Finally in Pacifism but also in King, Waves and Evolved, greed plays a big factor. Since you need as many multiplier geoms as you can, you will inevitably make the mistake of risking it all for just a few more. It can pay off if you know what you’'re doing, but then it's no longer really a risk is it? Most of the time, you'll end up giving up the chance of future reward by going for a short term increase of your multiplier. Even if you could have just given up on those 10 geoms and lived to score 100+ a few seconds later. Trying to want to get them all can ruin your life in the game, learning to give up on some unreachable but tempting reward can yield you a far greater reward later on. Not only that, but you might make that highscore and feel great for having chosen the way you did. Or maybe you were just very lucky, in which case you'll be thankful for your luck in future tries where you never seem match your highscore again.



That's a bit farfetched...
One last thing to cover is multiplayer. It's a shame there are no leaderboards for multiplayer games, since it would make it all the sweeter to take a group effort to a leaderboard online, but ah well. Cooperative multiplayer is nothing more than a metaphor for Cold War economics. Yes, the Cold War.

This is because coop multiplayer is about scoring the most points as a team. Now, you might think that you could get 4 people together and lay down big plans to make them work towards a common highscore, but in practice it falls apart. Plans like that are just no fun. People would have to almost 'work' according to a preset plan, producing overt gameplay that may sound like a good idea, until it doesn't and until everyone starts to die. Opposite that, letting people just do what they want individually and hunt points according to a market system will make your team pretty efficient and most of all: your group of people will have fun while doing it. More mistakes may be made, but in the end the team on the whole will learn faster and adapt faster to whatever situation arises. In the planned scenario, the team will just continue to do the same thing over and over until it works, which is usually after the point where the team just falls apart because the individual members get fed up with the system. See? That's exactly like Cold War economics, 100%

Of course there’s also the option of collaborative group interaction to think of methods that can be more efficient than the greedy free-for-all, while staying within the borders of what is fun for the group. Maybe you can use the geom-collection skill of one teammate to give him the role of Collector, while teammates that have a good eye for anticipating where enemies will come from can be given the role of Enemy Destroyer. But that would be madness, almost implying that people would be best suited at the job they are best at, instead of just letting them greedily sort out their one life as they see fit, even if it destroys the group as a whole. Surely such a work method can't ever work?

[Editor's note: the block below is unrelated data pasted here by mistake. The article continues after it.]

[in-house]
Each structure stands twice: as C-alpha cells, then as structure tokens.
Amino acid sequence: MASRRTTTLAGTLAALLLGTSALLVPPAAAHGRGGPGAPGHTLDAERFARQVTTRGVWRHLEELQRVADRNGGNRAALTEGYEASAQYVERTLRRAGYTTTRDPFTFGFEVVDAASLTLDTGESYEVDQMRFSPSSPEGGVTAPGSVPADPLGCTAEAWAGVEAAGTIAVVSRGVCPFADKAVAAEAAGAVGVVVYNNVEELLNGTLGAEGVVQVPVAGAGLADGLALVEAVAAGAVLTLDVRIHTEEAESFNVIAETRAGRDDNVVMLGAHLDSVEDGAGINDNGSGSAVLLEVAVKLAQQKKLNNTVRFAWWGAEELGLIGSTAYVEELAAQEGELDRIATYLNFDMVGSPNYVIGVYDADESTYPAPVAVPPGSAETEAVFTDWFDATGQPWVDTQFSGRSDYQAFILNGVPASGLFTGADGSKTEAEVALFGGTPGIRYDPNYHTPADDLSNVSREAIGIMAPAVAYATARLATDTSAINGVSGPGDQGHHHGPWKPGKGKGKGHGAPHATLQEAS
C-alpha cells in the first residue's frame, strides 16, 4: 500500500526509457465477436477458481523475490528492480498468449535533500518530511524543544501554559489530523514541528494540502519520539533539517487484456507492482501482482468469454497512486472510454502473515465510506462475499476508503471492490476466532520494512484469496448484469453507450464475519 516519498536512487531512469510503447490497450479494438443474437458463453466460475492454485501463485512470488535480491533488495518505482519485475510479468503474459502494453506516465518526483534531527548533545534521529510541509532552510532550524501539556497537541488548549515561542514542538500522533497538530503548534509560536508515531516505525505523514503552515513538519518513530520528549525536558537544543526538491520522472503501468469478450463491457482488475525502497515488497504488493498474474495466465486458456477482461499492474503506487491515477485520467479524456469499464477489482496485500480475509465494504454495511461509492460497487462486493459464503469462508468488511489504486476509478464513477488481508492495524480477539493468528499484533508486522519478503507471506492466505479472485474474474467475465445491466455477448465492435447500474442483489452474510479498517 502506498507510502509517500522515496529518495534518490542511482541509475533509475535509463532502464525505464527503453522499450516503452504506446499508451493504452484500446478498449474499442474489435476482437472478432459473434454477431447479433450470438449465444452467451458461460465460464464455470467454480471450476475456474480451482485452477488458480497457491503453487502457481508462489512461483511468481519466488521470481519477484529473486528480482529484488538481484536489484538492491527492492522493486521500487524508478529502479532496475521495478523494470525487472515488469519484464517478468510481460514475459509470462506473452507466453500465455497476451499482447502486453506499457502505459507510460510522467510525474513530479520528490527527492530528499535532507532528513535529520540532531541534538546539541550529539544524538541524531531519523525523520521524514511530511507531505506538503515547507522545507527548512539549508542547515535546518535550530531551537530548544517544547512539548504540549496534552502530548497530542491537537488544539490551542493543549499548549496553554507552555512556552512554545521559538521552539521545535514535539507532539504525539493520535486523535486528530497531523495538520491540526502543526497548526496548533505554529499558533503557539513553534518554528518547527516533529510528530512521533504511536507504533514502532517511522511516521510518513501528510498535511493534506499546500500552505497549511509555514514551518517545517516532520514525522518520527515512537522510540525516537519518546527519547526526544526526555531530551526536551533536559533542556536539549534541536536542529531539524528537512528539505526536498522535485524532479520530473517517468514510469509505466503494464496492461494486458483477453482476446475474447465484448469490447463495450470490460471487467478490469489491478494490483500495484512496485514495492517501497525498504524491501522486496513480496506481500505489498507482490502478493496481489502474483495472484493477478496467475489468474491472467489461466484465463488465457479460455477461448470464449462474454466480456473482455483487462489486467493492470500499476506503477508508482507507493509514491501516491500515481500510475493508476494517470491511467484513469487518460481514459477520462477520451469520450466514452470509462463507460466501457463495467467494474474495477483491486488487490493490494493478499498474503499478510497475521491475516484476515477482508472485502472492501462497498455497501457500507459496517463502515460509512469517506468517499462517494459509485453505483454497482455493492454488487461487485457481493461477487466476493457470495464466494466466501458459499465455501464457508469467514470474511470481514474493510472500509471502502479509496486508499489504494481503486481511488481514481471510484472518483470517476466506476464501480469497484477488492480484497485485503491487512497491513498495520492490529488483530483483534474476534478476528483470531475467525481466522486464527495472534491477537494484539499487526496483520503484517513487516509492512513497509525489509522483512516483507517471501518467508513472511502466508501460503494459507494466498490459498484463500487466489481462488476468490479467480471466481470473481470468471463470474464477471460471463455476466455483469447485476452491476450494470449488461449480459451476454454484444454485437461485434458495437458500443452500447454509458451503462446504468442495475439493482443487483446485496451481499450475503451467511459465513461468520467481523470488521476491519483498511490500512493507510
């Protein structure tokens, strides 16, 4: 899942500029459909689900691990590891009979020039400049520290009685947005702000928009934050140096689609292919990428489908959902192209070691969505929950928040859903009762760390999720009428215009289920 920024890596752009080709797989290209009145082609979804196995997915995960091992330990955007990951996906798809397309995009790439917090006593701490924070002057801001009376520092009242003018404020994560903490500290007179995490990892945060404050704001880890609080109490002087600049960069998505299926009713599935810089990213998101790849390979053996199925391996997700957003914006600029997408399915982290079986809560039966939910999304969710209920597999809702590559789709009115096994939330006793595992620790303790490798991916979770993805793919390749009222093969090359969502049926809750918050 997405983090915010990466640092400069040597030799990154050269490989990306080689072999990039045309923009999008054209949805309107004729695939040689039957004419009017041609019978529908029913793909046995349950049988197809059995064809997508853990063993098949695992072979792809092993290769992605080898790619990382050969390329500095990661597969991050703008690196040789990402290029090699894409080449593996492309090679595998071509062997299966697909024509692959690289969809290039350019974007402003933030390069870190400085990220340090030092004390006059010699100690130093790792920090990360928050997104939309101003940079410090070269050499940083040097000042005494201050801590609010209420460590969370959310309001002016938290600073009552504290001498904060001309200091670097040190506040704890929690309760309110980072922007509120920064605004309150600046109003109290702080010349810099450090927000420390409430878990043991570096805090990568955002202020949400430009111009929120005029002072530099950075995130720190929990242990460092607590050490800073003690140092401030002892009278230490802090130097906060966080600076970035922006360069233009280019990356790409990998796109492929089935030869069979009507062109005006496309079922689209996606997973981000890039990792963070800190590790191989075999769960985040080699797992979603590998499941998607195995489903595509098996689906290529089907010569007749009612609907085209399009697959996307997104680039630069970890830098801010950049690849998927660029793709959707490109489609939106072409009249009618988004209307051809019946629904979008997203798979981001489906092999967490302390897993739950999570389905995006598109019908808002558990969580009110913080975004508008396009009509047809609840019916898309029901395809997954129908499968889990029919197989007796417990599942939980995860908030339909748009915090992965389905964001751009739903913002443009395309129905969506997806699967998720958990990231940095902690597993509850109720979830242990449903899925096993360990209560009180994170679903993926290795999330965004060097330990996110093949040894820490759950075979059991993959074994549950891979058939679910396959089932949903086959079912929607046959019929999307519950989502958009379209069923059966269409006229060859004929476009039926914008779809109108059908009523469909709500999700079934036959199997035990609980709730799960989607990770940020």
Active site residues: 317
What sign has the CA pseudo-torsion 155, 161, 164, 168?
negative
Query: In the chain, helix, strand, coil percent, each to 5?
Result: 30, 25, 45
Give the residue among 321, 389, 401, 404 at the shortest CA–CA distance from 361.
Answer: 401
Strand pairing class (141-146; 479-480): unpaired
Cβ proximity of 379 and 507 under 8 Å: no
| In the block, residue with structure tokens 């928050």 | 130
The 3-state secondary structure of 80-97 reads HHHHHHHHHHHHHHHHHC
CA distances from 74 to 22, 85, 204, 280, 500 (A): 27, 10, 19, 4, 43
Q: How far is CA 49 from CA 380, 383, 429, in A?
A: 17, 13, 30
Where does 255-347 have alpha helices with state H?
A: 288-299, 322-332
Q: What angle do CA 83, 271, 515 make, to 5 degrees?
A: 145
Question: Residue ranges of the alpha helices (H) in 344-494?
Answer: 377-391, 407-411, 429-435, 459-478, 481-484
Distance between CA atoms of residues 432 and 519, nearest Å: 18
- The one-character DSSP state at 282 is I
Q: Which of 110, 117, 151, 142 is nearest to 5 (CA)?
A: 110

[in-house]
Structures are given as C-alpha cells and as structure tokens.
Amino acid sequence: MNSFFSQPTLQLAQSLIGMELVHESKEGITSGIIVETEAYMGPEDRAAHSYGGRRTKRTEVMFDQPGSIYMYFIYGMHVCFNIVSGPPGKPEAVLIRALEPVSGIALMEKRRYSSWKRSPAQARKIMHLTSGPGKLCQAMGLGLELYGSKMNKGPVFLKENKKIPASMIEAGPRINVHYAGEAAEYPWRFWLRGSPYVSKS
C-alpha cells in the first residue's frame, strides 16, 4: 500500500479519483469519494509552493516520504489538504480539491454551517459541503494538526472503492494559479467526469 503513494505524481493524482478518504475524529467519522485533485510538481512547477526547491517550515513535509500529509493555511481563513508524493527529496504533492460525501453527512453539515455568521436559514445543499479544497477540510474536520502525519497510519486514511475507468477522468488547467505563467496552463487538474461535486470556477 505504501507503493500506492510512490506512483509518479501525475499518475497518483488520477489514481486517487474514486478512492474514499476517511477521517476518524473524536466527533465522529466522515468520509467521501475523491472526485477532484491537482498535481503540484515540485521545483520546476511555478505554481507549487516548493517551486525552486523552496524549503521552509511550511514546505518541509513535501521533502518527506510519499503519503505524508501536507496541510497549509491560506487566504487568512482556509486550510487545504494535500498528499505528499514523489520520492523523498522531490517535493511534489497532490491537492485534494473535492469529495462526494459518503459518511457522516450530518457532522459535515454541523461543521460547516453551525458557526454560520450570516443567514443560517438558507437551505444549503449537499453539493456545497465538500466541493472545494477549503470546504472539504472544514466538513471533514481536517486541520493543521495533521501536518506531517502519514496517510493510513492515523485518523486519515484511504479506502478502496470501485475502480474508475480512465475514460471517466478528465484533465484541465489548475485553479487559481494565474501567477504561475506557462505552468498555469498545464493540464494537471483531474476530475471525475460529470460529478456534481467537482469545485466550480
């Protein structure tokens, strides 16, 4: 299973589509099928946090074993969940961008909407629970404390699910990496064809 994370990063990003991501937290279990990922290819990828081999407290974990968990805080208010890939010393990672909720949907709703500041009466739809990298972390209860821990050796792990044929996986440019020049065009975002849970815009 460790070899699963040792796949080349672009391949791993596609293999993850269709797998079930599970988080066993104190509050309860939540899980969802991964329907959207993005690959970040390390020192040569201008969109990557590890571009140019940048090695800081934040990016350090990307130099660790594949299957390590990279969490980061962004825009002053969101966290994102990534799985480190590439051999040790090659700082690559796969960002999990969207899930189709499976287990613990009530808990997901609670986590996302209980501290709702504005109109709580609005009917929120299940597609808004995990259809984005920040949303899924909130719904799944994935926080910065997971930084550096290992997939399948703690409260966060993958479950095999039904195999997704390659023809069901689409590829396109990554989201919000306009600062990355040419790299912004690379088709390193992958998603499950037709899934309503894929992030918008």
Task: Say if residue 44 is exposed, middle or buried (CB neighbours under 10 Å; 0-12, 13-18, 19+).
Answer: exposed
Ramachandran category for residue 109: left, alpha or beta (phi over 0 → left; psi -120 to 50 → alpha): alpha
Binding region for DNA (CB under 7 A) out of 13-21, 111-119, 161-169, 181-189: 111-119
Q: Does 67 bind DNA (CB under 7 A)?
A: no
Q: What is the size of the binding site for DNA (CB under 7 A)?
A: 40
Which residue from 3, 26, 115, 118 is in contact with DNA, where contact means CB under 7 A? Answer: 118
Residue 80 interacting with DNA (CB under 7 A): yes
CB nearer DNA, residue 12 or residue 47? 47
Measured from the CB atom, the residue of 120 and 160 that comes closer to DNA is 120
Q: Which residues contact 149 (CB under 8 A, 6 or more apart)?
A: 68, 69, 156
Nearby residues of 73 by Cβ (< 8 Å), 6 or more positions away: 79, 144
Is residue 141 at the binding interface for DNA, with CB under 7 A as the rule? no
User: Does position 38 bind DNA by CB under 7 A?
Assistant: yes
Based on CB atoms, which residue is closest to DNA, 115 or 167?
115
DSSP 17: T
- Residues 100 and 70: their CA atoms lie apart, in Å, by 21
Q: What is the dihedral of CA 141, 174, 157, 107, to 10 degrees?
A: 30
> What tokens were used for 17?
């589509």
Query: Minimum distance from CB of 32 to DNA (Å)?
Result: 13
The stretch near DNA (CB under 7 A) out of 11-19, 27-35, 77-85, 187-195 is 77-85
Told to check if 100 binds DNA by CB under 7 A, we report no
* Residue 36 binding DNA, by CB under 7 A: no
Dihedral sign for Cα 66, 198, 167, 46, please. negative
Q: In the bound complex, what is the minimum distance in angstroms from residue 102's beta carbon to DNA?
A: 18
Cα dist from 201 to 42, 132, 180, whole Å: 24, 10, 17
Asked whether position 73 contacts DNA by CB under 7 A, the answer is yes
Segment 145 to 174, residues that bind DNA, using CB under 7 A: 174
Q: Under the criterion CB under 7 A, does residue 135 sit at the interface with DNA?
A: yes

In the end, the game is just what you make of it. Scorewhore it, or play it to chill out and gather your thoughts. I keep coming back to this game to try and dethrone someone on my friendslist, but also to see if the game shows me another hidden facet just lying in plain sight, waiting to be grasped. There’s no reason why a game like Braid should be the only thing to make gamers think about what they are playing. After all, Art imitates life right? And games are art, soooooo….

Also I am insane so disregard all of the above.


Can you think of any games that made you glimpse beyond the surface to notice something that may or may not be there?
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About Maurice Tanone of us since 5:41 AM on 07.16.2007


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Hai! You may know me as Professor Pew in older times. If you see a cblog here from beyond September 2010 or something: that's from the cblogging days and not anything editor-related :)